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    • Management of Status Epilepticus:General Principlesn Medical emergencyn Prolonged electrical seizure activity causes neuronal damagen EEG monitoring essentialn Systemic factors exacerbate SE-induced neuronal damagen The longer the duration, the later the EEG stage, and the more subtle the motor manifestations, the harder SE is to stopn A predetermined Rx protocol more effective 18
    • Schematic Approach of Status EpilepticusLowensteinD, Alldredge B. NEJM. 1998; 338:970-976. 19
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    • 1. Assess and control airway 2. Monitor vital signs ( including temperature ) 3. Conduct pulse oximetry and monitor cardiac function 4. Perform rapid blood glucose assay Start intravenous infusion Administer thiamine ( 100 mg ) and glucose ( 50 ml of 50 percent dextrose )LowensteinD, Alldredge B. NEJM. 1998; 338:970-976. 21
    • Investigation•Antiepileptic drug level•Septic work up•CBC, UA•Blood sugar•BUN, Cr•Liver function test•Electrolyte•Calcium, Magnesium,Phosphorous•Toxicology•Lumbar puncture•CT brain•MRI brain 22
    • Start anticonvulsant therapyTake focused Hx and examine patient Perform laboratory studiesPerform laboratory studies Complete blood countKnown seizure disorder or other Serum electrolytes and calcium illnesses ? Arterial - blood gasTrauma ? Liver functionFocal neurologic signs ? Renal functionSigns of medical illnesses ( e.g., Toxicology infection, hepatic or renal Serum AEDs concentrations disease, substance abuse ) ? Undertake further work-up to define cause Manage other medical problems 23
    • Schematic Approach of Status EpilepticusAntiepileptic Drug Therapy • Begin with Lorazepam 4mg • (0.1 mg/kg ) at 2 mg/min i.v. • or Diazepam 10-20 mg • (0.3 mg/kg ) at 2 mg/min i.v. LowensteinD, Alldredge B. NEJM.1998; 338:970-976. 24
    • Seizures continuing at 5 minPhenytoin (20 mg/kg IV at 50 mg/min) orFosphenytoin(20 mg/kg IV PE at 150 mg/min) Seizures continuing at 20 - 25 minPhenytoin or Fosphenytoin (additional 5 - 10 mg/kg or 5 - 10 mg/kg PE)LowensteinD, Alldredge B. NEJM.1998; 338:970-976. 25
    • Seizures continuing at 30 - 35 min Phenobarbital ( 20 mg/kg IV at 50 - 75 mg/min ) Seizures continuing at 50 - 55 min Phenobarbital ( additional 5 - 10 mg/kg )LowensteinD, Alldredge B. NEJM.1998; 338:970-976. 26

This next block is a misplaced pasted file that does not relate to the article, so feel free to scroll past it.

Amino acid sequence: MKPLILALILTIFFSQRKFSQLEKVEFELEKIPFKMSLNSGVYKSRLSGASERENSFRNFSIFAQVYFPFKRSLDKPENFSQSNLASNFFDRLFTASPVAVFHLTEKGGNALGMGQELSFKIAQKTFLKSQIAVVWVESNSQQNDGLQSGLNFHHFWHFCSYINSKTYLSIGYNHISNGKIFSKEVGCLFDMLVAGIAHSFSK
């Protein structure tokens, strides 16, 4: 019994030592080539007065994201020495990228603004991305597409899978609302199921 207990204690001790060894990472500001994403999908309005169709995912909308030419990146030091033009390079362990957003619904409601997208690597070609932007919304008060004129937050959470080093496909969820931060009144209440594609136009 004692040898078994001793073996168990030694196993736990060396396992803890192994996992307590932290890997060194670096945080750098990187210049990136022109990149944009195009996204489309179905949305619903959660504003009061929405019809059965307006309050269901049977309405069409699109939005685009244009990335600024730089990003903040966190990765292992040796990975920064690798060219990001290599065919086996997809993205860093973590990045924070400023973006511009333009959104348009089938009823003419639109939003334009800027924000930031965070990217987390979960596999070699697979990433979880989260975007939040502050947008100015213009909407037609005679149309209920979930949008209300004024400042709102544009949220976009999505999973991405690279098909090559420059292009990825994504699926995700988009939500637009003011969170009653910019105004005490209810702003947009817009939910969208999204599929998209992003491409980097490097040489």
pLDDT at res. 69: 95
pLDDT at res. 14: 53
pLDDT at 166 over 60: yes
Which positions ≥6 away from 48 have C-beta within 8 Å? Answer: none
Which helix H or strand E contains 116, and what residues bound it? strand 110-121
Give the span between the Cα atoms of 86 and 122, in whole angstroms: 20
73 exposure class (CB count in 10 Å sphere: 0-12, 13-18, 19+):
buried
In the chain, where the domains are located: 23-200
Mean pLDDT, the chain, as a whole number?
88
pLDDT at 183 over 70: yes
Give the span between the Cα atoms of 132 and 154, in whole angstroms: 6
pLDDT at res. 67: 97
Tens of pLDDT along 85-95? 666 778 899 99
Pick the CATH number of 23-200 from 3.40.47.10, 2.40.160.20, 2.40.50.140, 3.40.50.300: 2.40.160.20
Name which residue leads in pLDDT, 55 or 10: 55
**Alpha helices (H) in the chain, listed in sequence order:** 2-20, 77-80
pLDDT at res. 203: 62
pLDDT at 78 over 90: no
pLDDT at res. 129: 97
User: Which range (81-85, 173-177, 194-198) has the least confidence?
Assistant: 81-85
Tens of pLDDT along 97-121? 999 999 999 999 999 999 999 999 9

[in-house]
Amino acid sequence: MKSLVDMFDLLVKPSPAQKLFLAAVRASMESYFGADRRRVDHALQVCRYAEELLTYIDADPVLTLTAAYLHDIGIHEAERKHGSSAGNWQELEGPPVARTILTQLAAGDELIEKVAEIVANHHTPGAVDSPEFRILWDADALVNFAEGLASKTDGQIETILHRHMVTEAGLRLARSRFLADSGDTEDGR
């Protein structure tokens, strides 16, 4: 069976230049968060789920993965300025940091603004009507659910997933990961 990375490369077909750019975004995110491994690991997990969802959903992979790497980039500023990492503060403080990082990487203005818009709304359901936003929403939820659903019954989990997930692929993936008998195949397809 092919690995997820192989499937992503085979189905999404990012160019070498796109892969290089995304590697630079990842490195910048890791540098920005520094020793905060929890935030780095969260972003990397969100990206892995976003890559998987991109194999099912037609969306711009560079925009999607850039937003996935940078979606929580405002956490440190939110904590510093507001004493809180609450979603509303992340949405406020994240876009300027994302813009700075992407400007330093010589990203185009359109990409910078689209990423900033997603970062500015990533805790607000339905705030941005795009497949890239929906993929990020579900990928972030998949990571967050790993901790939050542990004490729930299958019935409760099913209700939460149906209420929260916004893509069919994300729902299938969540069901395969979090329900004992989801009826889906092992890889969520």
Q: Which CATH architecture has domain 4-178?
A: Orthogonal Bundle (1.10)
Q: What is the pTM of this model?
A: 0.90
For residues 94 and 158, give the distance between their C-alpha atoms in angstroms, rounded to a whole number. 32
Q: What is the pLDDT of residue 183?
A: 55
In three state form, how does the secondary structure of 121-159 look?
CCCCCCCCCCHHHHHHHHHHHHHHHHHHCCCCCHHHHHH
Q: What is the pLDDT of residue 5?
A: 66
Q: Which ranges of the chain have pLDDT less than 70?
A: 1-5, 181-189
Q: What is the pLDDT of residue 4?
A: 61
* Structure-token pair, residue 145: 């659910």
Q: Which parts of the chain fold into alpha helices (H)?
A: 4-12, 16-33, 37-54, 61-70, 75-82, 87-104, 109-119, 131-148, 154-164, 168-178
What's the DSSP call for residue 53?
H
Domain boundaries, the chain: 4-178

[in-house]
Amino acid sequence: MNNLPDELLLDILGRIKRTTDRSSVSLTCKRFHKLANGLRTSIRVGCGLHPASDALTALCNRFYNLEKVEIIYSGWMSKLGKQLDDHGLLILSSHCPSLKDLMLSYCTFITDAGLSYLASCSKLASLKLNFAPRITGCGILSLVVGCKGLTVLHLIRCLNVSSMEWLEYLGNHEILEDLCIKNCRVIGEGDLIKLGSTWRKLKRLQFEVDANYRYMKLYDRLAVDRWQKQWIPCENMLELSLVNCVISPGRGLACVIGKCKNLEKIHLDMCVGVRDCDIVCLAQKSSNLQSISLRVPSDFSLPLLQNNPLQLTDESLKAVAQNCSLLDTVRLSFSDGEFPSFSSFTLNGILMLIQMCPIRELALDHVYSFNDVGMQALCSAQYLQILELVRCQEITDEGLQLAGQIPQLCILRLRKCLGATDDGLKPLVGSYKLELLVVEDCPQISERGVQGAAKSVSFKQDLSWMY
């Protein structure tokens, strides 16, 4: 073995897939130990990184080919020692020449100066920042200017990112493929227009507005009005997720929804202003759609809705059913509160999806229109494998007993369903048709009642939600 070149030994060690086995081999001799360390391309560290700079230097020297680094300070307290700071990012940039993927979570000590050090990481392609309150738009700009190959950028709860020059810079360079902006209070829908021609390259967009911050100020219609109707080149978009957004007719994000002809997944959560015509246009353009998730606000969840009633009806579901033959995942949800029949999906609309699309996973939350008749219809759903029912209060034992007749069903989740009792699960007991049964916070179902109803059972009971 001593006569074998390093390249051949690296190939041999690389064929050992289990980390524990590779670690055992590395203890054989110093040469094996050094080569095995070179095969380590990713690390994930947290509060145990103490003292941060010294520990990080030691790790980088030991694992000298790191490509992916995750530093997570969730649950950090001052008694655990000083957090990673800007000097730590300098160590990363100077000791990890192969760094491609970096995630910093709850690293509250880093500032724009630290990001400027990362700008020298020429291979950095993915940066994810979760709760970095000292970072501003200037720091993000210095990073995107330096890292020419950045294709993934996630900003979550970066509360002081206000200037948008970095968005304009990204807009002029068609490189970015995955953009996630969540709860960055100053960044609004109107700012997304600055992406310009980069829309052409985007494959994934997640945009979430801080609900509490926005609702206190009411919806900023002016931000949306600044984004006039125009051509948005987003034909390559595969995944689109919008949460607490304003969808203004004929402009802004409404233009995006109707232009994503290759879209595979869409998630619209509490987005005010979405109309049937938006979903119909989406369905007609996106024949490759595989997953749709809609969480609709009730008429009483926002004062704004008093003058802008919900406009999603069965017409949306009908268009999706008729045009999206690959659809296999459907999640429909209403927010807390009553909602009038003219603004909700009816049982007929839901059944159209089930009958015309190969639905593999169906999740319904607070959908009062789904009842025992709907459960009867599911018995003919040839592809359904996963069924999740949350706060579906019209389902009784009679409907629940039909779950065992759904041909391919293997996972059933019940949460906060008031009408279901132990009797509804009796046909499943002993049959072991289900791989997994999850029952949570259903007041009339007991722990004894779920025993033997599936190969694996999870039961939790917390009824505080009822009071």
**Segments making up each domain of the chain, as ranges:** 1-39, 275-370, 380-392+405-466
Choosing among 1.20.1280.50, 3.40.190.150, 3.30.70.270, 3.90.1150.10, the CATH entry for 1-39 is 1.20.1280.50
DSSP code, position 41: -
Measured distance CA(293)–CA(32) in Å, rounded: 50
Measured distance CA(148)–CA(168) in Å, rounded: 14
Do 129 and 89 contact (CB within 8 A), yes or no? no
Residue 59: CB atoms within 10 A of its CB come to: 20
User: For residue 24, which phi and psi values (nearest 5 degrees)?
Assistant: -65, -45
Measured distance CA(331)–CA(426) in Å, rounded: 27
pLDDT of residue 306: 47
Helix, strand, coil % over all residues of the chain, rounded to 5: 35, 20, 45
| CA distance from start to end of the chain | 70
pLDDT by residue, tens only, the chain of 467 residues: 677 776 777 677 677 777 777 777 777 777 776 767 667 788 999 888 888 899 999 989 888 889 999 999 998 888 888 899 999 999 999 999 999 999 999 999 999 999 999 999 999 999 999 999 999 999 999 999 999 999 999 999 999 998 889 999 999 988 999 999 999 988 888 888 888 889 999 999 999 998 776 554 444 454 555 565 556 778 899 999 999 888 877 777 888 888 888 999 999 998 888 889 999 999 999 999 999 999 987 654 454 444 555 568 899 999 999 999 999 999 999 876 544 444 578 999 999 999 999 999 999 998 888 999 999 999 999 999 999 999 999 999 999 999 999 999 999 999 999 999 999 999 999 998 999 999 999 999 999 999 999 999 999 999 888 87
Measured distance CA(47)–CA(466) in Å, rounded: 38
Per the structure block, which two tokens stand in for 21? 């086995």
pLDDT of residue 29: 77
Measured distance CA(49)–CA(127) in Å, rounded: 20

• Seizures continuing at 60 - 65 min Anesthesia with IV midazolam , pentobarbital or propofolLowensteinD, Alldredge B. NEJM.1998; 338:970-976. 27
    • EFNS guideline on the management of status epilepticus in adults.• The preferred treatment pathway for generalised convulsive status epilepticus (GCSE) is• Intravenous (i.v.) administration of 4-8 mg lorazepam or 10 mg diazepam directly followed by 18 mg/kg phenytoin.• If seizures continue more than 10 min after first injection, another 4 mg lorazepam or 10 mg diazepam is recommended. Eur J Neurol. 2009 Dec 30. [Epub ahead of print]
    • EFNS guideline on the management of status epilepticus in adults.• The initial therapy of non-convulsive SE depends on type and cause. Complex partial SE is initially treated in the same manner as GCSE.• However, if it turns out to be refractory, further non- anaesthetising i.v. substances such levetiracetam, phenobarbital or valproic acid should be given instead of anaesthetics.• In subtle SE, in refractory GCSE is treated by anaesthetic doses of barbiturates, midazolam or propofol; the anaesthetics are titrated against an electroencephalogram burst suppression pattern for at least 24 h. Most patients, i.v. anaesthesia is required. Eur J Neurol. 2009 Dec 30. [Epub ahead of print]
    • Evidence based review Comparison of 2 drugs• Benzodiazepine: – no difference among lorazepam, diazepam, midazolam• Hydantoin: – Fosphenytoin: less pain and phlebitis at injection side – Faster infusion rate in fos-PHT with 10-15 min dephosphorylation » Save 19 min on 150mg/kg vs 50 mg/kg in 70 kg patient » Advantage: displace PHT form albumin binding site in chronic PHT treatment, rapidly increase free PHT 30
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    • Pharmacology of AED 37
    • Diazepam Peak brain levels in 5 minutes by IVDosage : I.V. : 0.15-0.25 mg/kg.IV rate : No faster than 5 mg/minEffective level : more than 0.2-0.8 mcg/dlTime to stop Sz : 1 - 3 minutesEffective duration : 15-30 minutesHalf-life : 30 hr, rapid redistribution to fat/muscleVolume of distribution : 1-2 L/kgAdvantage : rapid action, can be given rectallyDisadvantages : hypotension, respiratory depression
    • Phenobarbital Peak brain levels in 20-60 minutes by IVDosage : I.V. : 20 mg/kg.IV rate : No faster than 100 mg/minEffective level : more than 20 mcg/dlTime to stop Sz : 20 - 30 minutes, 60-70% effectiveEffective duration : > 24 hoursHalf-life : 4-6 daysVolume of distribution : 0.7 L/kgAdvantage : Long lasting therapeutic effortDisadvantages : Hypotension, Respiration depression Sensorial depression, Consider intubation when used after diazepam administration